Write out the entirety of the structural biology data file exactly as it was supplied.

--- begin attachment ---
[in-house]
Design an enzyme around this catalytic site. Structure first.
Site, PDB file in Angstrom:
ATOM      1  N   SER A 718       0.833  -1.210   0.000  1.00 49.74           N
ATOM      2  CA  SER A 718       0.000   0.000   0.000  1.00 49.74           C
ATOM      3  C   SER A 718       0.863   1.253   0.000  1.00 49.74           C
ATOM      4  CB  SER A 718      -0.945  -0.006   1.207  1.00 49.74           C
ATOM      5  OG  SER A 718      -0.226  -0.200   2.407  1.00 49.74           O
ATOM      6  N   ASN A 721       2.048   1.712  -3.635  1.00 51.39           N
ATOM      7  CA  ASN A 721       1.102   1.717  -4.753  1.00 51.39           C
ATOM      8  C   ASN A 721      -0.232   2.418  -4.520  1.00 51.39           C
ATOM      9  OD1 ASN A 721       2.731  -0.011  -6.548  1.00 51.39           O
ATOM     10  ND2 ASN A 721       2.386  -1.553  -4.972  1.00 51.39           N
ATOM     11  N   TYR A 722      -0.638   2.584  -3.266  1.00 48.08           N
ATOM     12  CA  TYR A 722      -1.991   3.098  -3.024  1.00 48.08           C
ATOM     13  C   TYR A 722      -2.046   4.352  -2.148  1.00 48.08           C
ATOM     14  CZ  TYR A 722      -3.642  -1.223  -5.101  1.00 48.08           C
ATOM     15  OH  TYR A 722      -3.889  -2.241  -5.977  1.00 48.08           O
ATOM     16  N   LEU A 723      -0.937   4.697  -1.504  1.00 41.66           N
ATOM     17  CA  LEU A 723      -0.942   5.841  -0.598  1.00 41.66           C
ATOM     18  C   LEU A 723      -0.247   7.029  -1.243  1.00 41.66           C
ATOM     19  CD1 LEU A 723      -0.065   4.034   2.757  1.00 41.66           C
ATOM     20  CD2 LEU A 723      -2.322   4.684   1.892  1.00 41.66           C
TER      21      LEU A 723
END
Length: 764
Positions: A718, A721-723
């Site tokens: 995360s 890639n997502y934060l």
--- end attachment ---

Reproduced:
[in-house]
Design an enzyme around this catalytic site. Structure first.
Site, PDB file in Angstrom:
ATOM      1  N   SER A 718       0.833  -1.210   0.000  1.00 49.74           N
ATOM      2  CA  SER A 718       0.000   0.000   0.000  1.00 49.74           C
ATOM      3  C   SER A 718       0.863   1.253   0.000  1.00 49.74           C
ATOM      4  CB  SER A 718      -0.945  -0.006   1.207  1.00 49.74           C
ATOM      5  OG  SER A 718      -0.226  -0.200   2.407  1.00 49.74           O
ATOM      6  N   ASN A 721       2.048   1.712  -3.635  1.00 51.39           N
ATOM      7  CA  ASN A 721       1.102   1.717  -4.753  1.00 51.39           C
ATOM      8  C   ASN A 721      -0.232   2.418  -4.520  1.00 51.39           C
ATOM      9  OD1 ASN A 721       2.731  -0.011  -6.548  1.00 51.39           O
ATOM     10  ND2 ASN A 721       2.386  -1.553  -4.972  1.00 51.39           N
ATOM     11  N   TYR A 722      -0.638   2.584  -3.266  1.00 48.08           N
ATOM     12  CA  TYR A 722      -1.991   3.098  -3.024  1.00 48.08           C
ATOM     13  C   TYR A 722      -2.046   4.352  -2.148  1.00 48.08           C
ATOM     14  CZ  TYR A 722      -3.642  -1.223  -5.101  1.00 48.08           C
ATOM     15  OH  TYR A 722      -3.889  -2.241  -5.977  1.00 48.08           O
ATOM     16  N   LEU A 723      -0.937   4.697  -1.504  1.00 41.66           N
ATOM     17  CA  LEU A 723      -0.942   5.841  -0.598  1.00 41.66           C
ATOM     18  C   LEU A 723      -0.247   7.029  -1.243  1.00 41.66           C
ATOM     19  CD1 LEU A 723      -0.065   4.034   2.757  1.00 41.66           C
ATOM     20  CD2 LEU A 723      -2.322   4.684   1.892  1.00 41.66           C
TER      21      LEU A 723
END
Length: 764
Positions: A718, A721-723
């Site tokens: 995360s 890639n997502y934060l």